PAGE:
Maybe I Should Stop Being Such a Cynic

This piece is written in response to my previous entry The Nightmare of Knowing.

Nostalgia is a poison to the human soul. It allows us to conveniently forget the negative while celebrating the positive in exaggerated fashion. It is the perfect lie. Within five minutes of posting The Nightmare of Knowing, I knew that I had taken things too far. I had lied to myself and the game was up.

Over the past few years I have done a lot of reflecting on my childhood. It was a good childhood, with the perks of middle class living included. Life wasn’t perfect growing up, as I’m sure every single one of you reading will understand. When all of this reflection started a few years ago I was going through a rough patch in life. I had moved cross country, chased a dream, proposed and then lost a fiancée. I had taken to hard drinking and solitary times to cope. This was the negative lens which I looked back upon my formative years.

In the years since I have picked up the pieces and moved on. My life is great now. I will marry my love of my life in a couple of weeks. We have a lovely set of pets at home that make our family complete. While I have for the most part moved forward with my life I have been guilty of continuing to look back upon my childhood through the negative lens I’ve stopped living through otherwise long ago. I didn’t even realize this until today.

One day at work about three years ago, waist deep in self loathing, a colleague and close friend called me an old soul for preferring physical books to digital and for avoiding Twitter. I spun that phrase in to the inner workings of my being and ran with it. Being called an old soul (which in some ways I definitely am) gave me a sense of identity. I prided myself on being an old soul and all the”good” that it meant. I read articles about old souls, became nostalgic for an era that can’t have been as good as books and films make it out to be. I was living a fantasy. I became cynical about new media, technology, modern living, etc. and refused to grow as a human being. I had isolated myself in my own vacuum of existence and didn’t even recognize it.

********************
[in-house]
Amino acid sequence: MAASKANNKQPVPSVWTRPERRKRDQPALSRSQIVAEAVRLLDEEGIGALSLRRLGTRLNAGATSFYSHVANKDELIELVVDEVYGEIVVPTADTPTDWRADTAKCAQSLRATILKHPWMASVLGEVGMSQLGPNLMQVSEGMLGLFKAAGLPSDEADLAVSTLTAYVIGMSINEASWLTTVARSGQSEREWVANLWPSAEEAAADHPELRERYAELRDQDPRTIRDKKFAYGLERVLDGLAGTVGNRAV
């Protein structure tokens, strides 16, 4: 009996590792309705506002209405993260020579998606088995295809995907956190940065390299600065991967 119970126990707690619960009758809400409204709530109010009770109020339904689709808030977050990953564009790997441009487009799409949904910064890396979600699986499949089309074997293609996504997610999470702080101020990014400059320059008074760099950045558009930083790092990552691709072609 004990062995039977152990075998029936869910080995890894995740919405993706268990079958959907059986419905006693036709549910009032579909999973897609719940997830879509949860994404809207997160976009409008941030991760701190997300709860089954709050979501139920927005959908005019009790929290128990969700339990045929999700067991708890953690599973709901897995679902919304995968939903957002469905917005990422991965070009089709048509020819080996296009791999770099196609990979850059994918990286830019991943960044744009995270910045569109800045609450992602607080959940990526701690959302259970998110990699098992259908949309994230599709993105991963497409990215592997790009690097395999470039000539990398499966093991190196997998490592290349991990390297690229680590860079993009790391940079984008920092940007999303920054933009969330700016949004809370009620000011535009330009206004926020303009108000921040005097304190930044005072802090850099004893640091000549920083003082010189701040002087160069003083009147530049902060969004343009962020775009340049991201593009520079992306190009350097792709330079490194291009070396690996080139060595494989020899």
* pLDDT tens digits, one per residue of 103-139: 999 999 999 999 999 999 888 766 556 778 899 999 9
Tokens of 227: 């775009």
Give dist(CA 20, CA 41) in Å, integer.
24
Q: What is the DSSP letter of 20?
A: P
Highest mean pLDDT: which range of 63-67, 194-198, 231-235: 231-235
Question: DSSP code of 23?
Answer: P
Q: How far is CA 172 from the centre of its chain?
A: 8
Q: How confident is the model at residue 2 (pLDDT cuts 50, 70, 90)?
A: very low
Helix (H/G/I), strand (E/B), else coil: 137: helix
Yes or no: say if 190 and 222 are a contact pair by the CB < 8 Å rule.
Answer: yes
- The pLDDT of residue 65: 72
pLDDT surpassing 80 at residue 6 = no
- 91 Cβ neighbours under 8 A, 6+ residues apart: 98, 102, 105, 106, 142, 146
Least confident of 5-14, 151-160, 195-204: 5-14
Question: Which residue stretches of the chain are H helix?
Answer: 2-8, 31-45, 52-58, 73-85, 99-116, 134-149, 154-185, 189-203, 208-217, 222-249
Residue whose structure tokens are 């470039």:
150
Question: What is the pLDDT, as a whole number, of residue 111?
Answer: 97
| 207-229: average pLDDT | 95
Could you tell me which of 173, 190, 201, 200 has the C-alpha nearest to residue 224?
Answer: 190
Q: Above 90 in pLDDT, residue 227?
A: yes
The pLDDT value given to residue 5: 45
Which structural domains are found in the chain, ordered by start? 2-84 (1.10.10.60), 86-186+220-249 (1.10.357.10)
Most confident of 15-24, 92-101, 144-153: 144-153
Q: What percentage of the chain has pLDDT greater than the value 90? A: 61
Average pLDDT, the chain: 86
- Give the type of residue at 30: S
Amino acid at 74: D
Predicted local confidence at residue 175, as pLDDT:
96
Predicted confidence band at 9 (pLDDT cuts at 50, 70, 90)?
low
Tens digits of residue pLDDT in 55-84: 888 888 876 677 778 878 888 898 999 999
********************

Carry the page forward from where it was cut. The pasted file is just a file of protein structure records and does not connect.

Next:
I think it was around 2011-2012 when I had stopped living the life in front of me. For the next four to five years, time had stopped. I was fascinated with this time frame, and refused to acknowledge that the clock hadn’t stopped. I continued to be enamored with music and electronics from that era, and eschewed the modern conveniences beyond that point in time. Looking back, it doesn’t even make sense!

The nostalgic life that I had been living wasn’t sustainable. Another lesson that I have learned this afternoon. I had been lying to myself at an alarming rate, and had convinced myself that the nightmare I was living was a sort of dystopian existence. The real nightmare was that I had so thoroughly convinced myself that I could create my own void to live within. I have done many loved ones a disservice over the last few years by continuing to look at them through a lens that should have expired years ago. This lens has extended to other groups and thoughts, and it will take a lot of self reflection to work past it. Let the healing begin.

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